Showing 29 Results
Criminal Justice Reform
Immigrant Justice

Date Filed

June 01, 2011

Georgia in 2011 enacted a law authorizing police to demand "papers" demonstrating citizenship or immigration status during traffic stops, criminalizes Georgians who interact with undocumented individuals, and makes it unjustifiably difficult for individuals without specific identification documents to access state facilities and services. The SPLC joined a group of organizations in filing a class action lawsuit challenging the law on constitutional grounds.

Criminal Justice Reform

Date Filed

May 12, 2003

Due to a lack of access to doctors and long delays in diagnosis and treatment, seriously ill inmates at one of Alabama's maximum-security prisons sued to receive adequate healthcare.

Criminal Justice Reform

Date Filed

April 08, 2003

Diabetic inmates in Alabama face vision loss, convulsions, and amputations due to substandard care. Others are at risk of heart attacks, nerve damage, strokes, kidney failure, and death. The case has reached a precedent-setting settlement and is currently in a monitoring phase.

Criminal Justice Reform

Date Filed

August 12, 2002

The ventilation system on Alabama's death row was broken, resulting in stifling, stagnant, medically dangerous heat in the prisoners' 55-square foot cells. The Center sued to allow inmates to purchase fans at their own expense. An anonymous donor provided free fans to all death row inmates.

Criminal Justice Reform
Landmark Case

Date Filed

February 20, 2002

When Alabama correctional guards handcuffed Larry Hope to a metal hitching post and left him shirtless, virtually without water, and without bathroom breaks in the Alabama sun for seven hours, they should have known that their actions were unlawful, the U.S. Supreme Court ruled in 2002.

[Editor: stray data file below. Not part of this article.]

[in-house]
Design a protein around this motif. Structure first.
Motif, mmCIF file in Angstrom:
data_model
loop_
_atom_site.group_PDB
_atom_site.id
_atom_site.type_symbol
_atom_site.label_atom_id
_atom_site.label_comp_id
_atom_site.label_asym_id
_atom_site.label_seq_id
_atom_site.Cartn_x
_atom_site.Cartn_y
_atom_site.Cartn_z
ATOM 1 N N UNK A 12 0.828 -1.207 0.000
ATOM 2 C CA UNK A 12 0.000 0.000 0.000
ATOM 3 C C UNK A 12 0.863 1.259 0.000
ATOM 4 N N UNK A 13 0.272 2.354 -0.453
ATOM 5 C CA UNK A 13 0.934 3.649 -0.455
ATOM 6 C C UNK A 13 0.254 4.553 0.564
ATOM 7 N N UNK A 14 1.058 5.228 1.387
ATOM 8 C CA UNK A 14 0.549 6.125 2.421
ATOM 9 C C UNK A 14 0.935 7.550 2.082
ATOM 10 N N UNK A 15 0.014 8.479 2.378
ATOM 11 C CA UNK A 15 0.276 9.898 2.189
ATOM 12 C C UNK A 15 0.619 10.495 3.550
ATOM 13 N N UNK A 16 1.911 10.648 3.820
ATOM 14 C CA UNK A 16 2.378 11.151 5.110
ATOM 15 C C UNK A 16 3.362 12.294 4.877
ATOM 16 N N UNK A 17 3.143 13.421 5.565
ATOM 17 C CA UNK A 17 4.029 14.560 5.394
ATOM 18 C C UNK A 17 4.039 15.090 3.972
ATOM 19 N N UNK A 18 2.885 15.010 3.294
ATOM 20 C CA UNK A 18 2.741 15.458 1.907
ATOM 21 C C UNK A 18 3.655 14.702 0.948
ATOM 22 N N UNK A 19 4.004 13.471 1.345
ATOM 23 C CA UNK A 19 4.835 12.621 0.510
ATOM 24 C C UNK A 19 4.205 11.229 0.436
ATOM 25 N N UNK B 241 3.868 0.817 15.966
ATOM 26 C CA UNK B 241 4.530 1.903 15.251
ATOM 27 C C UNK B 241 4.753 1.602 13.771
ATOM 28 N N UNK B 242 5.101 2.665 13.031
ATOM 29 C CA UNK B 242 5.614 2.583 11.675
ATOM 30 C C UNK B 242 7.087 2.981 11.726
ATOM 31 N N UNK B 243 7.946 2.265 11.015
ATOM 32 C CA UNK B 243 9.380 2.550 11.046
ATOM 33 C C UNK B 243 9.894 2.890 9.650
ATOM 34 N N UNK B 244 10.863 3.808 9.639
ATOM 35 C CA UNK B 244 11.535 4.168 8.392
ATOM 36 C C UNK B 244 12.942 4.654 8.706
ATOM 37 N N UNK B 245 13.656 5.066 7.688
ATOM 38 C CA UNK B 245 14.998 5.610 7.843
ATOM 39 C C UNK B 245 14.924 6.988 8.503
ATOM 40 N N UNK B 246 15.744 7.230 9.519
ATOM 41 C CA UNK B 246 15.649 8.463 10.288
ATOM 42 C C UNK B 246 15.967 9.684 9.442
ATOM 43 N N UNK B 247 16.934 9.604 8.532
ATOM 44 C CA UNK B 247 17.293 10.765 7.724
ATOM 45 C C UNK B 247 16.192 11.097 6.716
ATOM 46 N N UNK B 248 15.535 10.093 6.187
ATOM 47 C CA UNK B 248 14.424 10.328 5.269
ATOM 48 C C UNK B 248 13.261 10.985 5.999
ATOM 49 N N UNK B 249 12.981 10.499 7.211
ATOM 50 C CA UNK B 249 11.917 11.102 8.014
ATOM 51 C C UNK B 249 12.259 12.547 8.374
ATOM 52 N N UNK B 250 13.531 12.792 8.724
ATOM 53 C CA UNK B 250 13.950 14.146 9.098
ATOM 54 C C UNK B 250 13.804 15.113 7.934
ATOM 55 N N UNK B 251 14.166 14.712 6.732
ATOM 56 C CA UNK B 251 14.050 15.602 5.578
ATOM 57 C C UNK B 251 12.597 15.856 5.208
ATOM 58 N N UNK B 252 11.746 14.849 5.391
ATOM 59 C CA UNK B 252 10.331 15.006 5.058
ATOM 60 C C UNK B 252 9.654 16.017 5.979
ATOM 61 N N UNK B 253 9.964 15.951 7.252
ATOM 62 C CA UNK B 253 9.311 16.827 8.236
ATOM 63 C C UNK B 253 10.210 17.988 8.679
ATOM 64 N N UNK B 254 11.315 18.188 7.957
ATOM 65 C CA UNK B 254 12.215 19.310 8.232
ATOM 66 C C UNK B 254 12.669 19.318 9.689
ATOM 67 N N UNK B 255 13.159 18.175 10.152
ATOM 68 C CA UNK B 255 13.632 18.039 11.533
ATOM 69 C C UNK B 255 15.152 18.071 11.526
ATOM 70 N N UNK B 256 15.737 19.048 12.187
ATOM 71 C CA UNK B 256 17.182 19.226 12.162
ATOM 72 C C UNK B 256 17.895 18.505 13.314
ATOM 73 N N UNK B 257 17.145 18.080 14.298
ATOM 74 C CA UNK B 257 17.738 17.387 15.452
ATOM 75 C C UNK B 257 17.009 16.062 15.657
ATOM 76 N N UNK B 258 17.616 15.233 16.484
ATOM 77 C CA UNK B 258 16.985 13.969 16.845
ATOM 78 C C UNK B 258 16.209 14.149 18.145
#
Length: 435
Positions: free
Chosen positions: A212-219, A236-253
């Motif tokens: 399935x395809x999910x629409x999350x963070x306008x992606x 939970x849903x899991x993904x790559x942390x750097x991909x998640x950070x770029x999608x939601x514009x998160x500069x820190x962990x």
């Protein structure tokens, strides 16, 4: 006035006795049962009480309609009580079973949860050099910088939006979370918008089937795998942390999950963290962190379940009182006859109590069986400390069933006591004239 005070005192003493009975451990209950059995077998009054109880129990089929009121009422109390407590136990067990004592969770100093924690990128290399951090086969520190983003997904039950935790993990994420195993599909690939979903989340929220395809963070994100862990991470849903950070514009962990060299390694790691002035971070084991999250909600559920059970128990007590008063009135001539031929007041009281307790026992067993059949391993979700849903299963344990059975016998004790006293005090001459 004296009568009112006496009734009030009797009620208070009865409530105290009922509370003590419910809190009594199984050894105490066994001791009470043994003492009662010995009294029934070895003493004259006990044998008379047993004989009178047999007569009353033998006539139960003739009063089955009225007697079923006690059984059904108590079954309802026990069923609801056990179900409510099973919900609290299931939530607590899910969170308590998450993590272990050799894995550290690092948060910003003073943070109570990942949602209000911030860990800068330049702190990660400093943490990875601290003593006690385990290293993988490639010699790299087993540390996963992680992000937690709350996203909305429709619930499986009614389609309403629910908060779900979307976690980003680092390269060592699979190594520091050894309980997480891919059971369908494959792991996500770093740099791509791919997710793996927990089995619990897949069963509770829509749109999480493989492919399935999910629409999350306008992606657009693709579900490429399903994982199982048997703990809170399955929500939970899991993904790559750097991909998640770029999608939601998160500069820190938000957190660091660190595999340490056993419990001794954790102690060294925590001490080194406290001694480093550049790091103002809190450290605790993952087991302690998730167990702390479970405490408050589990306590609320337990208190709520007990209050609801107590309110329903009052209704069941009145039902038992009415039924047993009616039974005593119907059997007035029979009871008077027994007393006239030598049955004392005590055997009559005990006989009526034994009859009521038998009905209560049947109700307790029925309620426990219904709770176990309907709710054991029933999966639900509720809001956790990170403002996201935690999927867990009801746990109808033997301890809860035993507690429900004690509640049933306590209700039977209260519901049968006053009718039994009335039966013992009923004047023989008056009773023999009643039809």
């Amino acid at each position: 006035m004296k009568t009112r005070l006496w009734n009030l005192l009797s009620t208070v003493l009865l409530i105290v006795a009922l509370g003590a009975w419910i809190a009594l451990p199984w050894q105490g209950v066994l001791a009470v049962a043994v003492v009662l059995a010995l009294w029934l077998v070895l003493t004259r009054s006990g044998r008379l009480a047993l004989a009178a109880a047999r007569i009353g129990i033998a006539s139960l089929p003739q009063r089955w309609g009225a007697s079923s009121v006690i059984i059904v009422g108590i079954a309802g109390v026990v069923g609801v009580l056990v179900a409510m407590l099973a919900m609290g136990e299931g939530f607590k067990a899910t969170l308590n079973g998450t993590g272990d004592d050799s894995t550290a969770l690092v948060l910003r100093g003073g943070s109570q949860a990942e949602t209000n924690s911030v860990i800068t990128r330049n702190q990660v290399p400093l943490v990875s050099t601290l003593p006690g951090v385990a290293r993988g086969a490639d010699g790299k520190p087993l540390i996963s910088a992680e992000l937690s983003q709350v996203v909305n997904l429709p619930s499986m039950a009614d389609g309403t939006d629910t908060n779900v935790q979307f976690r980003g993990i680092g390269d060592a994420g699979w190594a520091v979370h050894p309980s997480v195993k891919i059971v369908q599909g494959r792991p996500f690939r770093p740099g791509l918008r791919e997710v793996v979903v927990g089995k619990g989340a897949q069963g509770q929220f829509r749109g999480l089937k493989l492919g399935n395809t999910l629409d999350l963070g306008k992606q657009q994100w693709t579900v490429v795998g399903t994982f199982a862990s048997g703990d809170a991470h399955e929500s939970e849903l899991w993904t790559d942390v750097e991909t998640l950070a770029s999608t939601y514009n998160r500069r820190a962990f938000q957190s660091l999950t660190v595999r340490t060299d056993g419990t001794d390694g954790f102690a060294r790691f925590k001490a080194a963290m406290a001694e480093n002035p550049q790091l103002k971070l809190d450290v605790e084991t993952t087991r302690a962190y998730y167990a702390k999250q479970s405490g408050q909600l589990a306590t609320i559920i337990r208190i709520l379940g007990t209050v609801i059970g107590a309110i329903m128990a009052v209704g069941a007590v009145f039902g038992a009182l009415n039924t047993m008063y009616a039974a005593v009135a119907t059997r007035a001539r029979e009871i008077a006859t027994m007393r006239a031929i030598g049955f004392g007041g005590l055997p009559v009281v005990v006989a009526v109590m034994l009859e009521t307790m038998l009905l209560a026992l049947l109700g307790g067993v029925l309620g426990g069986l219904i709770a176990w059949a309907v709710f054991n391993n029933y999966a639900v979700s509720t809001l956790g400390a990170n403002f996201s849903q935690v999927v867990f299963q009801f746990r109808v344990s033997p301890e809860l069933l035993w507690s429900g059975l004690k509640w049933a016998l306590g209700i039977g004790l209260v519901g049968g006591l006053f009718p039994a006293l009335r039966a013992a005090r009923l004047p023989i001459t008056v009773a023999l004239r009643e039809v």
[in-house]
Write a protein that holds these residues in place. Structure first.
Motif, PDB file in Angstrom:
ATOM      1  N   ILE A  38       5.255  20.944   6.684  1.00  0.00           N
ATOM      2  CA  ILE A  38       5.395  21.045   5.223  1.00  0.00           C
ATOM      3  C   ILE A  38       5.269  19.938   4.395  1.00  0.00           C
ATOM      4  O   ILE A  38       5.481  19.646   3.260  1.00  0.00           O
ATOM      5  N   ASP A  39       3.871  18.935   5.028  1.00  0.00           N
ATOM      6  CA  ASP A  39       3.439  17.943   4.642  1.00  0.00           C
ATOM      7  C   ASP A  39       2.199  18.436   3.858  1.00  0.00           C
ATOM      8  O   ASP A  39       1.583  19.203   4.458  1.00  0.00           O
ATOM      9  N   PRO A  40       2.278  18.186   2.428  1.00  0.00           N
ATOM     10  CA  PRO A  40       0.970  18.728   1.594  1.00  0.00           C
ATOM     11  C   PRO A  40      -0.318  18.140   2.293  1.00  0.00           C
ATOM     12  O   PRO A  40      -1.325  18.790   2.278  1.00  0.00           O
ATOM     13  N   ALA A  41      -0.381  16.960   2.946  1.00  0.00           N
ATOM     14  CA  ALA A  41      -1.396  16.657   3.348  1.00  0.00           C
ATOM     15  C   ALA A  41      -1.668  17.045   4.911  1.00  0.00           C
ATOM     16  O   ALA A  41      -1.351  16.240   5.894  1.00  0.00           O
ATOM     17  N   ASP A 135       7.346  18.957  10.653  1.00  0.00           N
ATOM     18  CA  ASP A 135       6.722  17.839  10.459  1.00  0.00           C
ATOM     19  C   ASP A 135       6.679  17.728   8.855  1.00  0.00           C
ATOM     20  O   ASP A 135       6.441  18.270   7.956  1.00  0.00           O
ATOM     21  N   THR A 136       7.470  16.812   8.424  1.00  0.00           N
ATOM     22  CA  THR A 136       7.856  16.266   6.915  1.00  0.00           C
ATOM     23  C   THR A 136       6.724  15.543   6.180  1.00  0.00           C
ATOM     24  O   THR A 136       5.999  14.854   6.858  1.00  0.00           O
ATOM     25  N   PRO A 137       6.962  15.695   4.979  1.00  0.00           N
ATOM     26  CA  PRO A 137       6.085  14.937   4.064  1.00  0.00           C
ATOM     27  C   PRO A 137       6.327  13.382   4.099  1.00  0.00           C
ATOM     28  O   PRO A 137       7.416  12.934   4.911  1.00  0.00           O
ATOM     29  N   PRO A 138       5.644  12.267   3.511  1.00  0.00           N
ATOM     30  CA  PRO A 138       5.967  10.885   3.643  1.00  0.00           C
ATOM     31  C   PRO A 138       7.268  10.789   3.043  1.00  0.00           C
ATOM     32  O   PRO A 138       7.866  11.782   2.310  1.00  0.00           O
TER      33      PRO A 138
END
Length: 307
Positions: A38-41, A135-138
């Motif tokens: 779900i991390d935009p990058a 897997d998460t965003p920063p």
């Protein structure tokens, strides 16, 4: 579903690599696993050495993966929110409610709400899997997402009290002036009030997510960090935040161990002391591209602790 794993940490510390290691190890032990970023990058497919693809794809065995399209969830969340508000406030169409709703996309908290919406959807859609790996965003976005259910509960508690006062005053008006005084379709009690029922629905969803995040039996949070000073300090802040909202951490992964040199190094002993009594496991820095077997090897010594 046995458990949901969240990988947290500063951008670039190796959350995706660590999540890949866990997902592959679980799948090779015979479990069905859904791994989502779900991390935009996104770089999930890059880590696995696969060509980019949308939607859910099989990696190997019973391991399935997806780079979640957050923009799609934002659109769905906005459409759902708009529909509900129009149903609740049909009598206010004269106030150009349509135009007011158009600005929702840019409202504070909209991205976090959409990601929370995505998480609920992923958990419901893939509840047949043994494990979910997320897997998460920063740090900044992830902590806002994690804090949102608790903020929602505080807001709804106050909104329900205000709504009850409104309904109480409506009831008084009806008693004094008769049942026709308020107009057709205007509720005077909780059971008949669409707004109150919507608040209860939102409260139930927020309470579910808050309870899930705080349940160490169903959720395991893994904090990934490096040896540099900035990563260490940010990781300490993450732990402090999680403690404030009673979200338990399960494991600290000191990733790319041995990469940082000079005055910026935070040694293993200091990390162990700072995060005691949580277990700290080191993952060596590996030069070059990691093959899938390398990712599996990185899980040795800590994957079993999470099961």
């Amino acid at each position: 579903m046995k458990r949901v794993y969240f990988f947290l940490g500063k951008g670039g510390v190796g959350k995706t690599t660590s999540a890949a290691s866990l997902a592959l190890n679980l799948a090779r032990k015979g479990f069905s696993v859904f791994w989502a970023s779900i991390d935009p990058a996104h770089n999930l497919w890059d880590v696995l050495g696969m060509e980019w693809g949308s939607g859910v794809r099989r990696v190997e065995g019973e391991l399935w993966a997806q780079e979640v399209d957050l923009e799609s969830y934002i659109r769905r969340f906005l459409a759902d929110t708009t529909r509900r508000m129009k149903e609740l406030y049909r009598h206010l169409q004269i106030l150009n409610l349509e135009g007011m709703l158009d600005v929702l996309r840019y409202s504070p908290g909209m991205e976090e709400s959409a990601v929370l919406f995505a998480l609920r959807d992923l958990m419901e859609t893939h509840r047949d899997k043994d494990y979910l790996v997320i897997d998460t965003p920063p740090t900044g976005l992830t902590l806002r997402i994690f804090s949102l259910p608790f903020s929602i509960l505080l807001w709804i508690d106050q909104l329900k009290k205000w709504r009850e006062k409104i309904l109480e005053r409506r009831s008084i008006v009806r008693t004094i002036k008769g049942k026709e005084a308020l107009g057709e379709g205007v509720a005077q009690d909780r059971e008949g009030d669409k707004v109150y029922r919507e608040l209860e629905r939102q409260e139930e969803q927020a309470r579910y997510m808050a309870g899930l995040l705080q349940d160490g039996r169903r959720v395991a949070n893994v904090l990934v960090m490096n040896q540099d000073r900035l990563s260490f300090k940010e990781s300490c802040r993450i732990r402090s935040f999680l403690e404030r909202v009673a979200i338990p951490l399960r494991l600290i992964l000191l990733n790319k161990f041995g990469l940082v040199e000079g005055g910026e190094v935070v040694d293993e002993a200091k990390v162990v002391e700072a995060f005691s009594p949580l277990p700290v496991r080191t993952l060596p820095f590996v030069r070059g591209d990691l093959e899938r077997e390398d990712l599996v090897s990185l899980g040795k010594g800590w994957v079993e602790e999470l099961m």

Criminal Justice Reform

Date Filed

May 12, 1999

The Alabama DOC prohibited its prisoners from receiving gift subscriptions for publications. Inmates were forced to buy subscriptions from their prison trust accounts.

Criminal Justice Reform

Date Filed

May 26, 1997

Inside Chess, Harper's, Astronomy, Writer's Digest — only a few of the hundreds of publications effectively banned in 1997 under an arbitrary policy implemented by the Alabama prison's warden. The Center sued, securing an agreement protecting inmates' rights to mailed reading materials.

Criminal Justice Reform

Date Filed

December 11, 1995

In 1995, a prison inmate confined to Alabama's segregation unit filed a pro se complaint to protect his First Amendment rights to receive newspapers and magazines. The ruling lifted a statewide ban against segregated inmates receiving outside reading materials.

Criminal Justice Reform
Landmark Case

Date Filed

May 14, 1995

In 1995, Alabama corrections officials brought back the barbarity of chain gangs. The Center sued, claiming that chaining men in groups of five and putting them on busy highways was cruel and dangerous. The lawsuit put an end to the Alabama chain gang and another torturous practice called the "hitching post."

Criminal Justice Reform
Landmark Case

Date Filed

January 14, 1992

Mental health experts described the conditions for Alabama's seriously mentally ill prisoners as "horrific" and "primitive." Mentally ill inmates were locked in isolation, usually without proper medication, and deprived of professional mental health services such as therapy and counseling. The Center sued and secured change for the inmates.

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